Running an innovation

20 March 2018

Author: John Coats

Notre Dame High School, Sheffield, have been awarded three IEE Innovation Grants over the past year. John Coats (@JohnCoatsND), Director of School Improvement, writes about the lessons learned so far.

If you are interested in applying for innovation bids, find out more from the IEE

Last time, I wrote about the importance of taking time to stop and ask the question ‘Is what is happening in the classroom next door actually any better than what is happening in my own classroom?’

This is the starting point for any evaluation but, as we’ve realised from running three IEE Innovation Grant Projects, it’s not always as straightforward as you think to answer this question.

Take our first Innovation Grant where we started with a vague notion (informed by anecdotal evidence from a couple of classrooms at Notre Dame) that giving students recorded verbal feedback was ‘better’ than conventional written feedback.

I was genuinely surprised at how little research there was on the effectiveness of audio feedback given the frankly enormous amount of time that is invested by teachers on giving feedback. Talk to your local Research School or access the increasingly comprehensive EEF toolkit to identify what the existing research says for your hunches.

Next we had to knock our hunch into something more coherent. What did we mean by ‘better’? When we said ‘students’, what students were we talking about? Which Key Stage? Which subjects? We decided we wanted ‘better’ to mean ‘better exam outcomes’. We also wanted it to be ‘better’ for teacher workload too? After all, if teachers were to find giving this kind of feedback less onerous, they would have more time to do everything else better or, importantly, manage a better work life balance and be better retained in the profession (again ‘better’ for students in the long term). We decided on two subjects at KS5, based on our own anecdotal in-house experience.

We now had a very specific hypothesis (or two in our case):

  1. Is verbal (using an audio tool) feedback more effective than written feedback in improving test outcomes in Sociology and Mathematics A level?
  2. Does providing verbal (using an audio tool) feedback to students rather than written feedback have a positive impact on teacher workload?

We then needed to plan an experiment involving sufficient students, receiving a sufficient dosage of audio feedback, with a sufficiently well-designed pre and post-test and sufficiently well-designed staff questionnaires to get data to answer these questions. Having planned three of these projects now, and having had each project plan undergo several iterations, I can confidently make two observations.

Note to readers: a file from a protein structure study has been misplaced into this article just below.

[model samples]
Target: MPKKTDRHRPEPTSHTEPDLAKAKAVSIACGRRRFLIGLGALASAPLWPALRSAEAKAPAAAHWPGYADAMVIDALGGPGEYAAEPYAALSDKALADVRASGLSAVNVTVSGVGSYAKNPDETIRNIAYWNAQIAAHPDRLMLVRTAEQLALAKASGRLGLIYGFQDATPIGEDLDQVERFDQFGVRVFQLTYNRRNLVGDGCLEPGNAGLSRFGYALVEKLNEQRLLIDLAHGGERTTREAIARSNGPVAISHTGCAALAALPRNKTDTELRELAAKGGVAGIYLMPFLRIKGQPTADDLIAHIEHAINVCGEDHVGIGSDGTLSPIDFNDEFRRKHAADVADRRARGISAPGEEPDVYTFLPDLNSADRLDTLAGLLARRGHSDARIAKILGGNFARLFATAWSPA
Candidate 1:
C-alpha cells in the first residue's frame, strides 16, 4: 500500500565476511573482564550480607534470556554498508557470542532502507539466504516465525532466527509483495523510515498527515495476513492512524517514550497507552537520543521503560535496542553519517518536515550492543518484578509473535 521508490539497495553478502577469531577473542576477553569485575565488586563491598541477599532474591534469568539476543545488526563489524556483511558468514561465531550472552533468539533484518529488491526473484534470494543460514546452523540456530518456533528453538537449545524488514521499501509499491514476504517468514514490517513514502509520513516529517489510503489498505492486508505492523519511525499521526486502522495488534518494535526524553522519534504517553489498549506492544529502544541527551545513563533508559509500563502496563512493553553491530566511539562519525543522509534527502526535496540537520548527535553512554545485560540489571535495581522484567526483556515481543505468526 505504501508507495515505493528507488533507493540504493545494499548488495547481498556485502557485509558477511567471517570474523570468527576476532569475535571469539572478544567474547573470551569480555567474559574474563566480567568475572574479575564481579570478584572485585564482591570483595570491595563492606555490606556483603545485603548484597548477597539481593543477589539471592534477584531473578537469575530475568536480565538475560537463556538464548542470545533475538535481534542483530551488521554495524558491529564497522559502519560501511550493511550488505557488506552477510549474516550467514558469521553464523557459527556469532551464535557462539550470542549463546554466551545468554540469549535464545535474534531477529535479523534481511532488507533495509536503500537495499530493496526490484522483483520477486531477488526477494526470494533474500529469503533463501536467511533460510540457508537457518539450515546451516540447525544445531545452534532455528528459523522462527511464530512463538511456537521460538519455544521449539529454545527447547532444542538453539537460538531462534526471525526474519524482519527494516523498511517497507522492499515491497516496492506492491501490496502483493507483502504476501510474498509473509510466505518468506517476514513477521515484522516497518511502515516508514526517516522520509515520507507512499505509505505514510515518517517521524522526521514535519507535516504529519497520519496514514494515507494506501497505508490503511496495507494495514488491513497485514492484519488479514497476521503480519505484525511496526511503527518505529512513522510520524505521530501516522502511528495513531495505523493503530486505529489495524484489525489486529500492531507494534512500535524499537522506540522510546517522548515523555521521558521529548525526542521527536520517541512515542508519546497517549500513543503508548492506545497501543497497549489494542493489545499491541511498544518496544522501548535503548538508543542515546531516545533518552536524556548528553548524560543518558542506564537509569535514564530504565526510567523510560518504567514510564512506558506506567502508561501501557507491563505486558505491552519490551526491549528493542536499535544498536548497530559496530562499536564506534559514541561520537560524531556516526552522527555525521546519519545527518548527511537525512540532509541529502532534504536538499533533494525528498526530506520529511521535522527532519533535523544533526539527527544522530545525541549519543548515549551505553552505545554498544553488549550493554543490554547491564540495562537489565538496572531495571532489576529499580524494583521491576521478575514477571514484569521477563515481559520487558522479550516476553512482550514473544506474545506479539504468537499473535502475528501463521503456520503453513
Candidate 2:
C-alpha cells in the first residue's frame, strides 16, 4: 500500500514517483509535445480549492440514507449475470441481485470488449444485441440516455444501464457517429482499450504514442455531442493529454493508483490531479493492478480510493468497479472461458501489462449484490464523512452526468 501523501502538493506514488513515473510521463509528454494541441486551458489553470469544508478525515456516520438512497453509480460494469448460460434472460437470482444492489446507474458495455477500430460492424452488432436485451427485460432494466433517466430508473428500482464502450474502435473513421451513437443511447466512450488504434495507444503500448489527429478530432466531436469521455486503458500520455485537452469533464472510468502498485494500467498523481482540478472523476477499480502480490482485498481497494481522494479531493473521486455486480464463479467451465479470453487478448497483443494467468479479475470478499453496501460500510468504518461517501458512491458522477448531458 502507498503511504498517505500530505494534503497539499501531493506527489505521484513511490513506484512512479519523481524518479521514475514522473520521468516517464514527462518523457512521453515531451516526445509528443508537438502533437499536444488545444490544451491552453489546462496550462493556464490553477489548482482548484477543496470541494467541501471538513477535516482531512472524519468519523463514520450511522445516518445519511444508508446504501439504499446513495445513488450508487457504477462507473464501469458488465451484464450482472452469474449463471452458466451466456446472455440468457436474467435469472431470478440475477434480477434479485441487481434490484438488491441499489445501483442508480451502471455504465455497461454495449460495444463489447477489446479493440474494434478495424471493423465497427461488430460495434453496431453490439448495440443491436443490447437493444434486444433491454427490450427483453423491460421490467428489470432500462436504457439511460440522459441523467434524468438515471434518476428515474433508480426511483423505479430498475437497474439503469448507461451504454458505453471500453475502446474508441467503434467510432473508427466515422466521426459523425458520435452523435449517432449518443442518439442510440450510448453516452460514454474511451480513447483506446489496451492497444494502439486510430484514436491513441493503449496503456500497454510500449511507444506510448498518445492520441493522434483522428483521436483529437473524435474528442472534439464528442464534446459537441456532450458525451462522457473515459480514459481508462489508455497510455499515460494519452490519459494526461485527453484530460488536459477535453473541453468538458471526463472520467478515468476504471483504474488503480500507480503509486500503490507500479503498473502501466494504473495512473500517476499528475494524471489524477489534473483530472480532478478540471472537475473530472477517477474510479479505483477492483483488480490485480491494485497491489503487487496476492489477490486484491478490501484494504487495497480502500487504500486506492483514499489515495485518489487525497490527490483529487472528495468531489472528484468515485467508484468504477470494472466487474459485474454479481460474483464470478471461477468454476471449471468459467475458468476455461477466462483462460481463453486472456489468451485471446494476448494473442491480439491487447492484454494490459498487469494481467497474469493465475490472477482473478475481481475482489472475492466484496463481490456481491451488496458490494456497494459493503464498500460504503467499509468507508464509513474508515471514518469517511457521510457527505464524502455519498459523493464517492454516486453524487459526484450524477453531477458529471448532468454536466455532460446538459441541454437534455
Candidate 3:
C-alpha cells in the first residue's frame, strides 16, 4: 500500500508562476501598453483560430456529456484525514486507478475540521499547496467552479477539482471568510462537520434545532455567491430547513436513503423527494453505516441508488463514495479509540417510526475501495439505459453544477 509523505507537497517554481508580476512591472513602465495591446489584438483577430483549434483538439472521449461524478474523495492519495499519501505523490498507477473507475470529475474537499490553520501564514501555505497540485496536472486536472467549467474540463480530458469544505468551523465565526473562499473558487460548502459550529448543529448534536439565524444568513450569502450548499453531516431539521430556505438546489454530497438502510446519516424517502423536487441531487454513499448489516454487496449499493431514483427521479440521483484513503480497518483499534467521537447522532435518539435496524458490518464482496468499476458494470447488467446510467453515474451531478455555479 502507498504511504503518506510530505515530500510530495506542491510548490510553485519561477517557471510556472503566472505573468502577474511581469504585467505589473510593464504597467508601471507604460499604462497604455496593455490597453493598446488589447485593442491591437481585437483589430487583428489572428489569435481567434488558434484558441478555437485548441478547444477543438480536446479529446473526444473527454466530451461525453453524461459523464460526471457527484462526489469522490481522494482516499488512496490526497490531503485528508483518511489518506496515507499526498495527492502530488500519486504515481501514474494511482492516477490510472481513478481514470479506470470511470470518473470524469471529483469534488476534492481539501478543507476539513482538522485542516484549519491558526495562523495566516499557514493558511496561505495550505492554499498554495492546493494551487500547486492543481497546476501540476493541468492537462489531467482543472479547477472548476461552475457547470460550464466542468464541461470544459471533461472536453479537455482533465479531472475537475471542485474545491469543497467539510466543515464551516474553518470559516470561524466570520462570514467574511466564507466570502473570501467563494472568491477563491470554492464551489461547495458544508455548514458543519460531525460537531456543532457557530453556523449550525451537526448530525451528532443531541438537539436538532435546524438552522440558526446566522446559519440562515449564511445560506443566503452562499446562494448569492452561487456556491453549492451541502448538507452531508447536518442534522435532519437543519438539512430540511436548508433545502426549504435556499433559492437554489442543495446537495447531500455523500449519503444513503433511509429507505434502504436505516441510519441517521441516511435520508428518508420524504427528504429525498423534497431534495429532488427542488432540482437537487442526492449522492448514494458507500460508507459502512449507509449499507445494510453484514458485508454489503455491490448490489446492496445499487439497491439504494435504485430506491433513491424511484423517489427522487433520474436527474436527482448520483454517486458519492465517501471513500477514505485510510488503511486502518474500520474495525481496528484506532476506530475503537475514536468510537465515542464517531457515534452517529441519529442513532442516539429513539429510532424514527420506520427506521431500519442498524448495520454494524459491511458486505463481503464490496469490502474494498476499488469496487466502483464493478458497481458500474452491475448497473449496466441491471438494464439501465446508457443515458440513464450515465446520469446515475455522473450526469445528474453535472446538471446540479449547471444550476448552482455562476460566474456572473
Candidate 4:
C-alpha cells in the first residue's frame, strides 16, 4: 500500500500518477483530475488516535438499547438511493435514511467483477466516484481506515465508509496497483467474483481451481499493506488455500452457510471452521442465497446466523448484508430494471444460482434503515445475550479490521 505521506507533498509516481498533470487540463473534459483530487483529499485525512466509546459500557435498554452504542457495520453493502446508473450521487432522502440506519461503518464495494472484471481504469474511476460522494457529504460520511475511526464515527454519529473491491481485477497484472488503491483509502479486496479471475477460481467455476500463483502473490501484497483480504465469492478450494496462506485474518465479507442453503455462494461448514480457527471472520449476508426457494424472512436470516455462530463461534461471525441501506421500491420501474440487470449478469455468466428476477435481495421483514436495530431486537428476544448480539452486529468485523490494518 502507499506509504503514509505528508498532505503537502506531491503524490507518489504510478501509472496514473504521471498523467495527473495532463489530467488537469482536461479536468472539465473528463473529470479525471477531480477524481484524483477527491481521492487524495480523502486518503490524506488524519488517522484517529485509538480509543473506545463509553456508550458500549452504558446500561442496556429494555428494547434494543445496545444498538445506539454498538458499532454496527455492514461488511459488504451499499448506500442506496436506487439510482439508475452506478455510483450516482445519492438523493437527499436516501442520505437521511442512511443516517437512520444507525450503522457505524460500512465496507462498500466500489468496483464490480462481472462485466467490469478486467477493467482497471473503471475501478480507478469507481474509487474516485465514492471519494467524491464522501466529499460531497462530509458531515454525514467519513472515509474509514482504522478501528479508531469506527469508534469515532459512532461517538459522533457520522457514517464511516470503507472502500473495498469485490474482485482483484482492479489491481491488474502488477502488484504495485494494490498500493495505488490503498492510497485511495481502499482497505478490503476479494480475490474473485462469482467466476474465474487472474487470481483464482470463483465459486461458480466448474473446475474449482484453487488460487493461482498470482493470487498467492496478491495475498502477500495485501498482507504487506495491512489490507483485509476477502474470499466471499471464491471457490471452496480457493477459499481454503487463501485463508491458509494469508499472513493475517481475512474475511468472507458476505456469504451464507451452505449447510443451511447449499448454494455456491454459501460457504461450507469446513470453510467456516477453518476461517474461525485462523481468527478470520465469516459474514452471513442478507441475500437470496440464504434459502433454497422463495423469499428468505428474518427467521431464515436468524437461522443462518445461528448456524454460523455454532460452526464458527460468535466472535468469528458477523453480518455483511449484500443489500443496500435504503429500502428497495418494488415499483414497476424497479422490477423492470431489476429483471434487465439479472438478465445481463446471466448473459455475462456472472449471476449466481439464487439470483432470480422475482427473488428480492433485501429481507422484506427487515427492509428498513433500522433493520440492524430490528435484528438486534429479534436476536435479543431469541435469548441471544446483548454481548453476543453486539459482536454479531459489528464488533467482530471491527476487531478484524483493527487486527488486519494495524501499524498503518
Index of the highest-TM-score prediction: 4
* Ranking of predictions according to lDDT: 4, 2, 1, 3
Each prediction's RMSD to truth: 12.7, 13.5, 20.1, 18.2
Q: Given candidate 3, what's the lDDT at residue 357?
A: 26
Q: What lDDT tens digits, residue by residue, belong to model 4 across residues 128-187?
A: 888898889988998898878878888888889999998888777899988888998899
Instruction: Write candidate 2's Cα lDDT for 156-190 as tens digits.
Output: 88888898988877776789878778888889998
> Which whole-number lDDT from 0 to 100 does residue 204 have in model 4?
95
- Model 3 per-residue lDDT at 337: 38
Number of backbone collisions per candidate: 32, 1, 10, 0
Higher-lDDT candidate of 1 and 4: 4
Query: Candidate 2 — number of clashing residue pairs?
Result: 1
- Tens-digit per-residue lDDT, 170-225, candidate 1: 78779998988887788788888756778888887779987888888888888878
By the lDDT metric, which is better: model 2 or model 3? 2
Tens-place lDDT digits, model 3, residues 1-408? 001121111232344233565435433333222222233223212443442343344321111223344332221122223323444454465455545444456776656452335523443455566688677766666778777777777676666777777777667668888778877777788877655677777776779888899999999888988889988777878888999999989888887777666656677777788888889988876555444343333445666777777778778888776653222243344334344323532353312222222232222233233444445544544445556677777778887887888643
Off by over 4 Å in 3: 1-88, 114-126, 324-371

Firstly, there was far more to think about here than I initially thought. Numerous interesting and intellectually demanding conversations have come from unpacking the various aspects of planning these projects. For example, pause and consider how you might respond to the following questions:

  • How many students need to be involved?
  • How long should the trial last?
  • How prescriptive should we be with activities that receive feedback?
  • How long should teachers spend giving feedback (audio or written)?
  • What direction should we give to control groups?
  • What training should we give and to whom?
  • How much/little flexibility should we give participating teachers in terms of when the intervention takes place?
  • What should we use for a pre and post-test? When should the post-test take place in relation to the intervention? Who will mark it? How will we ensure consistency?

Secondly, there is no single right way to run a research trial. I can say though that each project plan improved every time we engaged in discussion with someone who was able to challenge and question various aspects. For each of our trials the IEE were handing over their money to us, and therefore understandably did a lot of the question asking. If your research project isn’t being funded, think about who you will get to unpick your plan and ask questions so that you end up with a better project plan than the one you started with. I think that involvement from others helps de-personalise the project, taking it from a personal pet project to something as objective as possible. Success becomes about getting a reliable answer, rather than a particular answer.

Our next task was to persuade the requisite number of schools to take part. We were able to offer a financial incentive to cover training costs, staff cover, etc. If you haven’t got the luxury of a financial incentive to offer, you will need a different sell – perhaps a common problem that several schools are trying to address, or you could appeal to the professional development gained by involvement.

A big chunk of the professional development comes during the ‘pre-trial’ training. Teachers won’t stick to the brief (we tend not to be a hugely disciplined species) unless they really understand the trial and what could go wrong and why. This, in my view is the high quality professional development. We spent some time unpacking the thinking behind the way the trial was organised and openly explored with participating teachers what could lead to the trial going wrong, or the results invalidated. Rather than a list of do’s and don’ts, participating teachers have gone away understanding the necessity of discipline.

I am more than reasonably confident that, whatever the outcome of the audio feedback trial itself (we will find out in July), we will have enabled a group of teachers, myself included, to become more disciplined and therefore be better able to evaluate what is happening in that classroom next door.




Posted on 20 March 2018
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